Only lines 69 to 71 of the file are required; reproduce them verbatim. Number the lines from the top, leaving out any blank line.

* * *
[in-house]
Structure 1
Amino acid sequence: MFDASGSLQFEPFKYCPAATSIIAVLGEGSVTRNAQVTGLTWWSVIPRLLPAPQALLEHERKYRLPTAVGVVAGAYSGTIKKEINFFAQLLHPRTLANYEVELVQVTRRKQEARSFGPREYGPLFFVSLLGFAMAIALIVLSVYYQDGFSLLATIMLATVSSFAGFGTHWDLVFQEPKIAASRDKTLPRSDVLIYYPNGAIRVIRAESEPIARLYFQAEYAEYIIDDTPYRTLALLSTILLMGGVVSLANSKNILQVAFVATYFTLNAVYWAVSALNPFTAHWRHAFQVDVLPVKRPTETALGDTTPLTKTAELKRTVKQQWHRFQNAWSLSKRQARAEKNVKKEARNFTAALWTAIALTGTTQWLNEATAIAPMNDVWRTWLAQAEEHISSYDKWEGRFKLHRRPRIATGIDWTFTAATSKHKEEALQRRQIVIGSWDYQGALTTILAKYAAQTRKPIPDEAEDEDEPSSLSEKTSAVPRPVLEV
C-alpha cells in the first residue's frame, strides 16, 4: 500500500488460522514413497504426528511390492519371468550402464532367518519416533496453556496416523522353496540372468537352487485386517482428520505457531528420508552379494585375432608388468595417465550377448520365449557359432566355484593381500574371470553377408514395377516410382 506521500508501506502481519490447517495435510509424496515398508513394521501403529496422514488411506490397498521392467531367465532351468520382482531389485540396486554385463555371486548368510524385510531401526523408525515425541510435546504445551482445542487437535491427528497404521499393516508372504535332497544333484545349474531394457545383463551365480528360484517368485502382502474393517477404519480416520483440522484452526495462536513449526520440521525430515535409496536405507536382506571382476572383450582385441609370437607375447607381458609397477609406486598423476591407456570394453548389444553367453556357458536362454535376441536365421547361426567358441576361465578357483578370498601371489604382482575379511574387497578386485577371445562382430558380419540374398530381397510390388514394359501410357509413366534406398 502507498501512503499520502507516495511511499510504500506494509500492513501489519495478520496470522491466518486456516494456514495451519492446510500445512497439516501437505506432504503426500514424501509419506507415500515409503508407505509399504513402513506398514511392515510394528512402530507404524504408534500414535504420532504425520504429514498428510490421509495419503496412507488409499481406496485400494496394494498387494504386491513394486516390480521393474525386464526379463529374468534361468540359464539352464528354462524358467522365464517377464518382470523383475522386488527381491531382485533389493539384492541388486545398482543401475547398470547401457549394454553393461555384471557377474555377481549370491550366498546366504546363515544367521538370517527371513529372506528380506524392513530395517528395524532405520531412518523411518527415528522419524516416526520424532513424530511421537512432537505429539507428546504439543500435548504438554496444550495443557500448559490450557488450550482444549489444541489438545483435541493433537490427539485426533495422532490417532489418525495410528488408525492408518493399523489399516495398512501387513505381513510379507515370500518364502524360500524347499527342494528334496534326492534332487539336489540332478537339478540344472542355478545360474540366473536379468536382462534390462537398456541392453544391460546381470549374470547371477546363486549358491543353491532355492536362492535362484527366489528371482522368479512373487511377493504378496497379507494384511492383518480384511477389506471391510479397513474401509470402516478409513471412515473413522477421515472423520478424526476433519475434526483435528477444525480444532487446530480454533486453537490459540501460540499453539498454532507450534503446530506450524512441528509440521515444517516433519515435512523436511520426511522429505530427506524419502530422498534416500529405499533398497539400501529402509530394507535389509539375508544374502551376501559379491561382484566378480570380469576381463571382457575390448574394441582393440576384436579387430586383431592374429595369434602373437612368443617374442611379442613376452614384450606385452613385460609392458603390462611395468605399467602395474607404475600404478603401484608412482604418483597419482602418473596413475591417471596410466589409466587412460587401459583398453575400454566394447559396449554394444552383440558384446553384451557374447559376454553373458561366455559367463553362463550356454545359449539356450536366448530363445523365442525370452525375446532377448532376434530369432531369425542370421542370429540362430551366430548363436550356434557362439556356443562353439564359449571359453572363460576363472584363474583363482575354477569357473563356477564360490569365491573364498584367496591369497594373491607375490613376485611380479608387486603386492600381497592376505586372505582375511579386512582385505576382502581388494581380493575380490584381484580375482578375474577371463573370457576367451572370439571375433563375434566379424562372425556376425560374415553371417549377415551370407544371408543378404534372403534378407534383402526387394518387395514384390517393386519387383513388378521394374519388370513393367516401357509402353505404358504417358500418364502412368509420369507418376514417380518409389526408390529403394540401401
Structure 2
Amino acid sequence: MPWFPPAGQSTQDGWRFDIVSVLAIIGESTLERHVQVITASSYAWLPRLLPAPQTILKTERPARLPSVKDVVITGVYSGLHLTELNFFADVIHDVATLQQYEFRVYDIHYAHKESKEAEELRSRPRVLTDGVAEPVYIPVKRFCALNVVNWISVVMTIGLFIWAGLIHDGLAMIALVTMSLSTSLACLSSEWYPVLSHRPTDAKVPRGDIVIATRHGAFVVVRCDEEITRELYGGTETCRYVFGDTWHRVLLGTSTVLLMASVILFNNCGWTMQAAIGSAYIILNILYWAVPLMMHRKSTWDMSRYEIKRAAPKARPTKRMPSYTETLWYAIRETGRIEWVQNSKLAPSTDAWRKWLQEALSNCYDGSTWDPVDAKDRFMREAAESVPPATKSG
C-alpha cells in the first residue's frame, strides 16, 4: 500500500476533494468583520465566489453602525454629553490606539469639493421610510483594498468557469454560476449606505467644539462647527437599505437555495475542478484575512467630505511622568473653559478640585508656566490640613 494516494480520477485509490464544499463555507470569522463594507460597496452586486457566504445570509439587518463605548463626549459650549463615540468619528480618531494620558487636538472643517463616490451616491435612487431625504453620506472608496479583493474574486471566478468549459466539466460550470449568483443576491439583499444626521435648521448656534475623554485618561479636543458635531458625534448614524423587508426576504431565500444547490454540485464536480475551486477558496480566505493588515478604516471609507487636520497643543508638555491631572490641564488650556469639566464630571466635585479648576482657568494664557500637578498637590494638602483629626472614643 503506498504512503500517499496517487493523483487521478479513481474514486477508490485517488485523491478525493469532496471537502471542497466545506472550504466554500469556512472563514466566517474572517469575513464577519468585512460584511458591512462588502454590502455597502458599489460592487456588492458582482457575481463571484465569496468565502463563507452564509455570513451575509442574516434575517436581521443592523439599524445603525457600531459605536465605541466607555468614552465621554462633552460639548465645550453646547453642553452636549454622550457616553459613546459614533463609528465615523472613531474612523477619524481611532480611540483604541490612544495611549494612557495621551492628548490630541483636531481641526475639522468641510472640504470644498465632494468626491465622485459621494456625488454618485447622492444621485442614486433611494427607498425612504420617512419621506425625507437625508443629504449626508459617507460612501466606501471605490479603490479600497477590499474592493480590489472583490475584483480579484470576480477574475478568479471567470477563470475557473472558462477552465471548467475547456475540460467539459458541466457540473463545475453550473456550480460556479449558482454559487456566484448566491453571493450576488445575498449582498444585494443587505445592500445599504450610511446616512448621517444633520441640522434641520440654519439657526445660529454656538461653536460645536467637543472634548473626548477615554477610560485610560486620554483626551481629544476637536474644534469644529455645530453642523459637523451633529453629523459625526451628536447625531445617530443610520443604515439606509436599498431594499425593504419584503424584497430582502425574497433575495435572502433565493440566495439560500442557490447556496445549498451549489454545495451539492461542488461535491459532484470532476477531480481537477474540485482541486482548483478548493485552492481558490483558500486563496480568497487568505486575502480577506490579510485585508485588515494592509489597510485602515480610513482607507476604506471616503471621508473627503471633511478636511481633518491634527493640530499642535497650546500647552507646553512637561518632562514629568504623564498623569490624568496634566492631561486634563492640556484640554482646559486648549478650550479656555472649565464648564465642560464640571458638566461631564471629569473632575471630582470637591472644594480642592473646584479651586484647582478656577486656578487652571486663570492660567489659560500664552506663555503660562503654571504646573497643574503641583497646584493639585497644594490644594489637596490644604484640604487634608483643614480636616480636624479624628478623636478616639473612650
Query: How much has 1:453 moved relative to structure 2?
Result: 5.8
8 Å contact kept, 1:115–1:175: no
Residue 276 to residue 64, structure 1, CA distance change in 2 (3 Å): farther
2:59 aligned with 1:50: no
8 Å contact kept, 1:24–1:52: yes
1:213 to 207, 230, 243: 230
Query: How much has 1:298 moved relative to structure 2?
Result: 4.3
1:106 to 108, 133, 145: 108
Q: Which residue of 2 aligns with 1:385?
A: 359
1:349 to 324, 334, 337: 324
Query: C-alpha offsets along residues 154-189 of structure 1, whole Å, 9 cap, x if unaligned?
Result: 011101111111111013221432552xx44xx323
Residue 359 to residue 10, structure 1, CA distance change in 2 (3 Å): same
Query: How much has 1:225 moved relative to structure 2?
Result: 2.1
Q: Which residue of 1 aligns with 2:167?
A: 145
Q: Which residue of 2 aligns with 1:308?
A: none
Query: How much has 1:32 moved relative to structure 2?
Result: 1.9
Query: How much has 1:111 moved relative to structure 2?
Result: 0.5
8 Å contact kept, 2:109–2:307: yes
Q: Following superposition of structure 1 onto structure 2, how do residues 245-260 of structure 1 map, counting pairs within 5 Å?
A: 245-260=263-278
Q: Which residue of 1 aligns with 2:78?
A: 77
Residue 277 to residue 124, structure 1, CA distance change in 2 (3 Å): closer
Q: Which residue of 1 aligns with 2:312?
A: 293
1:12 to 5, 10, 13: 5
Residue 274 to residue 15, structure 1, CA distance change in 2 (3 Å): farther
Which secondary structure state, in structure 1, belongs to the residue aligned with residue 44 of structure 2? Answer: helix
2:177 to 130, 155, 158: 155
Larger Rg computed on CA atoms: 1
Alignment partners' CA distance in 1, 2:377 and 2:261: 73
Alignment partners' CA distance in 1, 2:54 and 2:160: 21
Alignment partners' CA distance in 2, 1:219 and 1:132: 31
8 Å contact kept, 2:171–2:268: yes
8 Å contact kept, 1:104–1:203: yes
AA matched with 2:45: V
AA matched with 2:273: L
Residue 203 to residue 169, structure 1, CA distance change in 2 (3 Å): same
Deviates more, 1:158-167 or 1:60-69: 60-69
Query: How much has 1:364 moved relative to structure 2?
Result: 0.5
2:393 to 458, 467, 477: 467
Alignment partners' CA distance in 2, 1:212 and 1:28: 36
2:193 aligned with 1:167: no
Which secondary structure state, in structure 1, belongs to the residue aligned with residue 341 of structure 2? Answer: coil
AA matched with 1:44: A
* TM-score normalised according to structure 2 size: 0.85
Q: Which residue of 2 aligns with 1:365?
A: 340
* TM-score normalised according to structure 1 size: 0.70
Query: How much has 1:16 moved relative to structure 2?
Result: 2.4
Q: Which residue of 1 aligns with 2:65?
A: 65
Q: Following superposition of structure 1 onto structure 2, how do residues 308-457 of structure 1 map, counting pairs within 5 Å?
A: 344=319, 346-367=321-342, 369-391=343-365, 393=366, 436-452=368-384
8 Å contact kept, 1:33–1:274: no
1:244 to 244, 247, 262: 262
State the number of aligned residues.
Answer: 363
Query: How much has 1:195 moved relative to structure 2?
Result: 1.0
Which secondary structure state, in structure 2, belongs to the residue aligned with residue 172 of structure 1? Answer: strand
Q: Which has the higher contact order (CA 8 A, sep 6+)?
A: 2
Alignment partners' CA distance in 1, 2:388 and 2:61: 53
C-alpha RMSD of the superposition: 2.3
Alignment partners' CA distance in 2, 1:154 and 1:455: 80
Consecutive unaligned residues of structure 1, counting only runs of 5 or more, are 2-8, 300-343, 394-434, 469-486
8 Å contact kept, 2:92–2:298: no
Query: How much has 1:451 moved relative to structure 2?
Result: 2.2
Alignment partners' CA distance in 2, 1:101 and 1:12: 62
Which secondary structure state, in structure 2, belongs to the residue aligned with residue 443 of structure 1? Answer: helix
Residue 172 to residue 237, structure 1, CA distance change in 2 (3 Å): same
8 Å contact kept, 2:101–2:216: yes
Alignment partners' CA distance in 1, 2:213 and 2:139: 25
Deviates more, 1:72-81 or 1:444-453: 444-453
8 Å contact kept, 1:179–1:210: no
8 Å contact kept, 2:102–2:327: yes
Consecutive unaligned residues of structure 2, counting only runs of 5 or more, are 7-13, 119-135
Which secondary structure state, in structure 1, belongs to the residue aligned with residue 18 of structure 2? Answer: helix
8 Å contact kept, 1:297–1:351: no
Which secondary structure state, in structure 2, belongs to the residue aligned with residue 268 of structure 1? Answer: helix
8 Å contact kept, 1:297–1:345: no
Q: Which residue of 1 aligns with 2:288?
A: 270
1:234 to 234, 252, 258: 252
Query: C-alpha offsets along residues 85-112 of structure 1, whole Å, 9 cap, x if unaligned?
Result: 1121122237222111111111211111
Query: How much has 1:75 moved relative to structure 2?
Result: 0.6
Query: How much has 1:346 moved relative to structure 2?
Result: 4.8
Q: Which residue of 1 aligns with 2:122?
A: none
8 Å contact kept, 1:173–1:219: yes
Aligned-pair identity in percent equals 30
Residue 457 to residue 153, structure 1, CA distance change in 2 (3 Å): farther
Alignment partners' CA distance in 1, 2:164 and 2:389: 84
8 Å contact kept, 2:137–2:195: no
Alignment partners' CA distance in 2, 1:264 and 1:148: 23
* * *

Q: Which residue of 1 aligns with 2:65?
A: 65
Q: Following superposition of structure 1 onto structure 2, how do residues 308-457 of structure 1 map, counting pairs within 5 Å?